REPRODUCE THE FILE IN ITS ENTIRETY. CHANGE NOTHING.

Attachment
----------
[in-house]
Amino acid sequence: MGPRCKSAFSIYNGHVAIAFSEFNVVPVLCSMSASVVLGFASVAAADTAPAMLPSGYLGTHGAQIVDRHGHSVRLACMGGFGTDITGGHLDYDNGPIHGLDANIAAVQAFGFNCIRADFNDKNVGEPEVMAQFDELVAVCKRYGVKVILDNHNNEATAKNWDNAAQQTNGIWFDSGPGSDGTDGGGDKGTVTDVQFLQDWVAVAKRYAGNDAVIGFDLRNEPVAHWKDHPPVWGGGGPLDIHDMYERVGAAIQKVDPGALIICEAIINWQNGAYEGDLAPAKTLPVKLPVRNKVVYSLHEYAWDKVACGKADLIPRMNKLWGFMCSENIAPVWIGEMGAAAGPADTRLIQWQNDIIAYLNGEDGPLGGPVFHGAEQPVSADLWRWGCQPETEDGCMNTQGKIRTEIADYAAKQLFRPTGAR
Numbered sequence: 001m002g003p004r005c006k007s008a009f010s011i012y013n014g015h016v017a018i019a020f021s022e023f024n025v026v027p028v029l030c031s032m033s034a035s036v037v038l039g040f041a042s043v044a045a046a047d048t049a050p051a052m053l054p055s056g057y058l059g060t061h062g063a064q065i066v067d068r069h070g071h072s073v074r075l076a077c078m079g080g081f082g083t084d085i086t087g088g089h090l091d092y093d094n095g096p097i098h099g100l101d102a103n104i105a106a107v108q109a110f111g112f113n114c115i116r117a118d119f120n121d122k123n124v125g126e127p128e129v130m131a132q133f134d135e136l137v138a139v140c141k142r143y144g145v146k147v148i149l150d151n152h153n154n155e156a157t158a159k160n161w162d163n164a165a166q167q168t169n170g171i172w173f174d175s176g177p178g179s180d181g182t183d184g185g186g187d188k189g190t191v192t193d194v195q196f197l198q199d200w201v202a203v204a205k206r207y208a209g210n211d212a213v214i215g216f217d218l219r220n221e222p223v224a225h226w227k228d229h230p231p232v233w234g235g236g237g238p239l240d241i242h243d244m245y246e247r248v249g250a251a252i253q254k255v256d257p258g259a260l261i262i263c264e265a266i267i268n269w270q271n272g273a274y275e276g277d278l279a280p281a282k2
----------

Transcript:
[in-house]
Amino acid sequence: MGPRCKSAFSIYNGHVAIAFSEFNVVPVLCSMSASVVLGFASVAAADTAPAMLPSGYLGTHGAQIVDRHGHSVRLACMGGFGTDITGGHLDYDNGPIHGLDANIAAVQAFGFNCIRADFNDKNVGEPEVMAQFDELVAVCKRYGVKVILDNHNNEATAKNWDNAAQQTNGIWFDSGPGSDGTDGGGDKGTVTDVQFLQDWVAVAKRYAGNDAVIGFDLRNEPVAHWKDHPPVWGGGGPLDIHDMYERVGAAIQKVDPGALIICEAIINWQNGAYEGDLAPAKTLPVKLPVRNKVVYSLHEYAWDKVACGKADLIPRMNKLWGFMCSENIAPVWIGEMGAAAGPADTRLIQWQNDIIAYLNGEDGPLGGPVFHGAEQPVSADLWRWGCQPETEDGCMNTQGKIRTEIADYAAKQLFRPTGAR
Numbered sequence: 001m002g003p004r005c006k007s008a009f010s011i012y013n014g015h016v017a018i019a020f021s022e023f024n025v026v027p028v029l030c031s032m033s034a035s036v037v038l039g040f041a042s043v044a045a046a047d048t049a050p051a052m053l054p055s056g057y058l059g060t061h062g063a064q065i066v067d068r069h070g071h072s073v074r075l076a077c078m079g080g081f082g083t084d085i086t087g088g089h090l091d092y093d094n095g096p097i098h099g100l101d102a103n104i105a106a107v108q109a110f111g112f113n114c115i116r117a118d119f120n121d122k123n124v125g126e127p128e129v130m131a132q133f134d135e136l137v138a139v140c141k142r143y144g145v146k147v148i149l150d151n152h153n154n155e156a157t158a159k160n161w162d163n164a165a166q167q168t169n170g171i172w173f174d175s176g177p178g179s180d181g182t183d184g185g186g187d188k189g190t191v192t193d194v195q196f197l198q199d200w201v202a203v204a205k206r207y208a209g210n211d212a213v214i215g216f217d218l219r220n221e222p223v224a225h226w227k228d229h230p231p232v233w234g235g236g237g238p239l240d241i242h243d244m245y246e247r248v249g250a251a252i253q254k255v256d257p258g259a260l261i262i263c264e265a266i267i268n269w270q271n272g273a274y275e276g277d278l279a280p281a282k2